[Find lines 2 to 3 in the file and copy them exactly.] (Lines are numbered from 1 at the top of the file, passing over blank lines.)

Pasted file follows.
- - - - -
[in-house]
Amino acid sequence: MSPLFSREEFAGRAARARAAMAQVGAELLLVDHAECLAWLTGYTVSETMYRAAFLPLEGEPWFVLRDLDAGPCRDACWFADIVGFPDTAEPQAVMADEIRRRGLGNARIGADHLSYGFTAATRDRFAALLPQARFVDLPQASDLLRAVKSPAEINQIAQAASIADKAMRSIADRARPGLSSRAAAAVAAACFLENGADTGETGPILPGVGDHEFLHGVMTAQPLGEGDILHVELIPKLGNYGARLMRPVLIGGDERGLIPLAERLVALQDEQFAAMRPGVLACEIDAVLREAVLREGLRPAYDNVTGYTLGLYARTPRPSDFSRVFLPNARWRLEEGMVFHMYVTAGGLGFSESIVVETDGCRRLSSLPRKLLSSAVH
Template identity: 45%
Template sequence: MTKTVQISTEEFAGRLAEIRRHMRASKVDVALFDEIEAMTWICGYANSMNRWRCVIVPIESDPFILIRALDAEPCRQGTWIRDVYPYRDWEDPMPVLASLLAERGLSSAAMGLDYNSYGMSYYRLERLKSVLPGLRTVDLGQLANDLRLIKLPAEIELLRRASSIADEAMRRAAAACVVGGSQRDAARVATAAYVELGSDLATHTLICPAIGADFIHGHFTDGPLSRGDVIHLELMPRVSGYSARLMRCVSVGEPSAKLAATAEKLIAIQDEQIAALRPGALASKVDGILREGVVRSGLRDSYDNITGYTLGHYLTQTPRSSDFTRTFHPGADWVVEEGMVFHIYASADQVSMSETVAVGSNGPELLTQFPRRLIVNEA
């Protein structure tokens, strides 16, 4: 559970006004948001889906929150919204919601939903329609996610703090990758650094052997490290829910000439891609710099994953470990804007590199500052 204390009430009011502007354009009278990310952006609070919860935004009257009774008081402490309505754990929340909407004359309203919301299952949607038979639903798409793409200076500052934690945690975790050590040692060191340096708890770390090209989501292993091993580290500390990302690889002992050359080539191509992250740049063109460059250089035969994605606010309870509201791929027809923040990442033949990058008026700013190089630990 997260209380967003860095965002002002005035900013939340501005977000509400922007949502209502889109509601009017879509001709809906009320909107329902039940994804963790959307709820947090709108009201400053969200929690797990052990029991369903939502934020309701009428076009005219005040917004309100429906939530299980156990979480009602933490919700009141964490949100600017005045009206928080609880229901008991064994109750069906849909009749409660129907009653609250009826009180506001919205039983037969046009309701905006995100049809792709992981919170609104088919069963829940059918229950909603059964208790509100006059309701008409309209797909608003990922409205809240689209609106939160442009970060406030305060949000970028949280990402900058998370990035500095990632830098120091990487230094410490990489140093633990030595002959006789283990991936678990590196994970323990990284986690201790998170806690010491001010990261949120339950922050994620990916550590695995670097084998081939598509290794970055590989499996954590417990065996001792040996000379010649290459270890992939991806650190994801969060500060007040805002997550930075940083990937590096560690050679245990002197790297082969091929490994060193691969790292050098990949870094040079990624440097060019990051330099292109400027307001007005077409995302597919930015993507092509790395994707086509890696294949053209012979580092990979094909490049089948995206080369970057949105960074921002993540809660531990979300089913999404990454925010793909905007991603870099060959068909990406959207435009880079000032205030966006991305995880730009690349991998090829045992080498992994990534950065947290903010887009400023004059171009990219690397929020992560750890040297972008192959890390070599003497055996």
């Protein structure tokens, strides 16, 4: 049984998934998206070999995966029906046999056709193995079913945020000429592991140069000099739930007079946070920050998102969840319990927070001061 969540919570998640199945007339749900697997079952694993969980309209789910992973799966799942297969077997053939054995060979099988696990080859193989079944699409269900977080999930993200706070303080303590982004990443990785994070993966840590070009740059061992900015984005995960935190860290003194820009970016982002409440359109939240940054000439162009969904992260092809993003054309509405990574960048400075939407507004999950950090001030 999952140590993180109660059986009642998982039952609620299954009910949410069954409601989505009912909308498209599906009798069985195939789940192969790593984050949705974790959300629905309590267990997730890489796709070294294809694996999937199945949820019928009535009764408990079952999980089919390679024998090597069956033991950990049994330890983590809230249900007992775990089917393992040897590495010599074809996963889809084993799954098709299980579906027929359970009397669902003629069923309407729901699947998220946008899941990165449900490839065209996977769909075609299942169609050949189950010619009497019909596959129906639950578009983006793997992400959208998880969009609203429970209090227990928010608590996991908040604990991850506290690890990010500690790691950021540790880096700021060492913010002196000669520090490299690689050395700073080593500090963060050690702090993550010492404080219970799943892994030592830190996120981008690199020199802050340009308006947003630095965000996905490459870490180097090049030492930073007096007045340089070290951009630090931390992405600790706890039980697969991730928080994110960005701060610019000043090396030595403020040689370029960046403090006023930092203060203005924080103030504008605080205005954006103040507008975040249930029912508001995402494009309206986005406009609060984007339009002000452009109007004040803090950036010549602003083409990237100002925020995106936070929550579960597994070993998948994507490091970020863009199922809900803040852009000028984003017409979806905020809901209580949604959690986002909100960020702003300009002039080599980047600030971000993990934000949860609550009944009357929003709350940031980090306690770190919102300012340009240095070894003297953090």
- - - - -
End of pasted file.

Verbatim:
Amino acid sequence: MSPLFSREEFAGRAARARAAMAQVGAELLLVDHAECLAWLTGYTVSETMYRAAFLPLEGEPWFVLRDLDAGPCRDACWFADIVGFPDTAEPQAVMADEIRRRGLGNARIGADHLSYGFTAATRDRFAALLPQARFVDLPQASDLLRAVKSPAEINQIAQAASIADKAMRSIADRARPGLSSRAAAAVAAACFLENGADTGETGPILPGVGDHEFLHGVMTAQPLGEGDILHVELIPKLGNYGARLMRPVLIGGDERGLIPLAERLVALQDEQFAAMRPGVLACEIDAVLREAVLREGLRPAYDNVTGYTLGLYARTPRPSDFSRVFLPNARWRLEEGMVFHMYVTAGGLGFSESIVVETDGCRRLSSLPRKLLSSAVH
Template identity: 45%